The Dragonfly is what Mohammed Ahmed wore to break his own Canadian 5,000m record and run one of the fastest times over the distance in history, and what Joshua Cheptegei wore to break the 5,000m world record on Friday. That’s two top-10 5,000m times in the space of one month in this particular pair of shoes. 

How does this compare to Nike’s road shoes?

The Dragonfly shoe seems to be everything that the Vaporfly is on the road. After companies were going more and more minimal for years (with the exception of Hoka) Nike started going maximal. While restrictions will limit how high this spike can go, its softer material and bigger stack height set it apart from the other shoes on the market. 

Before the Dragonfly, spikes had almost no cushioning. Now, with the addition of the full-length plate and a decent amount of ZoomX foam, the shoe will feel plush relative to spikes most middle distance runners are used to. 

While this shoe is more expensive than other spikes on the market, it isn’t shockingly priced. Most runners will spend around C$150 on a pair of good spikes and the Dragonfly sets you back $195 – a price increase but much more affordable than the $330 sticker on the NEXT%. 

Designed for events ranging from the 1,500m to 10,000m, this shoe will be on the feet of many runners through winter 2020 and summer 2021.

The Dragonfly isn’t the only Nike shoe that dropped this summer. The Air Zoom Victory is also built for middle distance running, but this shoe has an air bag and carbon-plate along with ZoomX foam. Slightly more expensive than the Dragonfly (coming in at $230), this shoe can be worn for any event from the 800m through to the 5,000m. 

These shoes are going fast and are currently sold out in almost every size except for men’s 13 and 14. Much like Nike’s road shoes, if runners want to get their hands on these spikes, they’ll need to watch for a re-release date and act quickly.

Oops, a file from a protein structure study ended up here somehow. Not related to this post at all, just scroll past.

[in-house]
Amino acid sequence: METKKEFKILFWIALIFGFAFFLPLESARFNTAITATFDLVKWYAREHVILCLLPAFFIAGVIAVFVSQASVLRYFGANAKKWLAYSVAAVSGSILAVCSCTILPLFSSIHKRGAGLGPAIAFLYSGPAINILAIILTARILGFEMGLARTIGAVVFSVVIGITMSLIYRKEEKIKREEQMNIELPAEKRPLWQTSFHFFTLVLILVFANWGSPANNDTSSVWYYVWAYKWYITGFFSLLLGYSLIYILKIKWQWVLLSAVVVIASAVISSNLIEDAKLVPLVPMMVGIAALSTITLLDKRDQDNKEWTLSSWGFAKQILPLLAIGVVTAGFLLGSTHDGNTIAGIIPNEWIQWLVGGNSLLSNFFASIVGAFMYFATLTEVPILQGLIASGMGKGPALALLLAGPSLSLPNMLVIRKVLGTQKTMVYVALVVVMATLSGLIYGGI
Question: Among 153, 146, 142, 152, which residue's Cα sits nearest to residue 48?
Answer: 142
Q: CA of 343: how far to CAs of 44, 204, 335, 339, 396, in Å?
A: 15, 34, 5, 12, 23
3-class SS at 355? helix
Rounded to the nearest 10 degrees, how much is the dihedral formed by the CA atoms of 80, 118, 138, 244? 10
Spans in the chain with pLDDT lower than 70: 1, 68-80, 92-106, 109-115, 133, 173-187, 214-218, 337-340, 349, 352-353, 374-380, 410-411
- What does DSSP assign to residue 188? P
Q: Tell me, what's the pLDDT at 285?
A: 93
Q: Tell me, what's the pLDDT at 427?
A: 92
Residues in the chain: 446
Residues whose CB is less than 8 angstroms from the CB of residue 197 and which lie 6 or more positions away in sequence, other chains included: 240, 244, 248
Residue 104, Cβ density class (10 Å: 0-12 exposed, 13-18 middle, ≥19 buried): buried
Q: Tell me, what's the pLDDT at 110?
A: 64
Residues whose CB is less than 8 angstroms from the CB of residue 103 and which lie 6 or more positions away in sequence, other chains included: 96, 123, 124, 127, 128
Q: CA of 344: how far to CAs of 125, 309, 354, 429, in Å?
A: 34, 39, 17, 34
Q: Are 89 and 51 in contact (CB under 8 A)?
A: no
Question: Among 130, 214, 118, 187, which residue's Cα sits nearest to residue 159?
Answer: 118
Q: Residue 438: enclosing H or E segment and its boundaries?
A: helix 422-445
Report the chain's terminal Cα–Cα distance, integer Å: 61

(08/18/2020) ⚡AMP
by Madeleine Kelly

Aaron Scott and Josh Lunn from England are among 50 local elite athletes invited to take part in the elite only London Marathon

There was disappointment on the local running scene after the organisers were left with no choice but to pull the plug on this autumn’s rearranged mass participation 2020 race because of the coronavirus crisis.


However a version of the prestigious event will go ahead on October 4 for elite runners only and excitingly local hot shot Scott will be on the start line alongside his Helpston Harriers second claim teammate Lunn.

The race will now take place on a 20- lap spectator- free course around St James Park in the heart of the capital.

“It’s amazing to be part of such a unique event” said Scott. “I think there is going to be 40 to 50 maximum on the startline for both the men’s and the ladies races.

“That will only include a dozen domestic athletes, so to feature with Josh is incredible. Training over lockdown has been on track. I worked on my 5km speed and managed five or six efforts of between 14:30 and 14:45 which was plenty fast enough for where I wanted to be.

“I have done plenty of laps of the Stamford Town Cricket Club outfield. I reckon I’ve racked up over 1000 miles around the boundary. People might think that’s a little odd, but all of us runners are a bit bonkers. The pitch is fast, traffic free and I can switch off and just use my lap times to compare week on week, month on month or even year on year improvement.

“London is going to be 20 loops of just over 2km around The Mall, Horse Guards Parade and Birdcage Walk, so it’s also good mental preparation for that. The aim is a big personal best, but the focus of my current training has been to forget about any goal times and run to effort.

“Around three to four weeks out I can start to see what pace my training suggests. I’d like to think that will be 2:14 to 2:15, but I also want to give myself the possibility of going even faster.

“It’s going to be an odd experience running around a closed loop, and I can imagine it’s going to be a tougher mental battle than ever. Usually at London you can rely on the crowd support in the last 10k, but there will be none of that.

“With Eliud Kipchoge and Kenenisa Bekele set to do battle there could be a world record chance, so I’m very excited to have a front row seat for that.

“It’s helped having a target now as I lost a lot of motivation in lockdown,” Lunn said. “I’m very excited as it’ll be a niche event and probably never happen again.”

(08/18/2020) ⚡AMP
by Alan Swann
Virgin London Marathon

Virgin London Marathon

The London Marathon was first run on March 29, 1981 and has been held in the spring of every year since 2010. It is sponsored by Virgin Money and was founded by the former Olympic champion and journalist Chris Brasher and Welsh athlete John Disley. It is organized by Hugh Brasher (son of Chris) as Race Director and Nick Bitel...


Joshua Cheptegei thanks Kenenisa Bekele for inspiring him

Joshua Cheptegei shaved two seconds from Kenenisa Bekele’s world 5000m record in Monaco and here we take a look at their remarkable runs